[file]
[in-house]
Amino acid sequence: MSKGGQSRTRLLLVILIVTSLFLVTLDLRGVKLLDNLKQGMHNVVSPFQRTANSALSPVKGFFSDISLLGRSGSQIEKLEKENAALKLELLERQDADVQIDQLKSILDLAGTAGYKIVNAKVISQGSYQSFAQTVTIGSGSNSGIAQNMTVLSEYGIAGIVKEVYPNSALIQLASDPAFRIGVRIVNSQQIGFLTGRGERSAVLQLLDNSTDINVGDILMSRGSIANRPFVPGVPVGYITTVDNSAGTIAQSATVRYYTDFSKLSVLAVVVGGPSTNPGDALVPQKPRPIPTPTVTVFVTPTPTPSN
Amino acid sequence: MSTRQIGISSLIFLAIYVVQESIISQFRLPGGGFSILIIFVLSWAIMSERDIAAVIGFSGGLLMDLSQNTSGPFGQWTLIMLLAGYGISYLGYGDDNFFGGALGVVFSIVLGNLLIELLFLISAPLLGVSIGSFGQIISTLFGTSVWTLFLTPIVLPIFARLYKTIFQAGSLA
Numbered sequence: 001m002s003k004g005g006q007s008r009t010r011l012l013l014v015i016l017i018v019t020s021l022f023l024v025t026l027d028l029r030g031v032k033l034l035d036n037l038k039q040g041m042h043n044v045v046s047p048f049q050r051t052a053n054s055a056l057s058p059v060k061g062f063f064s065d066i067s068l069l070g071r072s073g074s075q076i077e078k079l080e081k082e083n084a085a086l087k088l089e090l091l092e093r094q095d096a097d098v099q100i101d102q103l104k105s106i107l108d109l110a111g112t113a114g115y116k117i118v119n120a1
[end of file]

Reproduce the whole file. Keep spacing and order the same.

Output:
[in-house]
Amino acid sequence: MSKGGQSRTRLLLVILIVTSLFLVTLDLRGVKLLDNLKQGMHNVVSPFQRTANSALSPVKGFFSDISLLGRSGSQIEKLEKENAALKLELLERQDADVQIDQLKSILDLAGTAGYKIVNAKVISQGSYQSFAQTVTIGSGSNSGIAQNMTVLSEYGIAGIVKEVYPNSALIQLASDPAFRIGVRIVNSQQIGFLTGRGERSAVLQLLDNSTDINVGDILMSRGSIANRPFVPGVPVGYITTVDNSAGTIAQSATVRYYTDFSKLSVLAVVVGGPSTNPGDALVPQKPRPIPTPTVTVFVTPTPTPSN
Amino acid sequence: MSTRQIGISSLIFLAIYVVQESIISQFRLPGGGFSILIIFVLSWAIMSERDIAAVIGFSGGLLMDLSQNTSGPFGQWTLIMLLAGYGISYLGYGDDNFFGGALGVVFSIVLGNLLIELLFLISAPLLGVSIGSFGQIISTLFGTSVWTLFLTPIVLPIFARLYKTIFQAGSLA
Numbered sequence: 001m002s003k004g005g006q007s008r009t010r011l012l013l014v015i016l017i018v019t020s021l022f023l024v025t026l027d028l029r030g031v032k033l034l035d036n037l038k039q040g041m042h043n044v045v046s047p048f049q050r051t052a053n054s055a056l057s058p059v060k061g062f063f064s065d066i067s068l069l070g071r072s073g074s075q076i077e078k079l080e081k082e083n084a085a086l087k088l089e090l091l092e093r094q095d096a097d098v099q100i101d102q103l104k105s106i107l108d109l110a111g112t113a114g115y116k117i118v119n120a1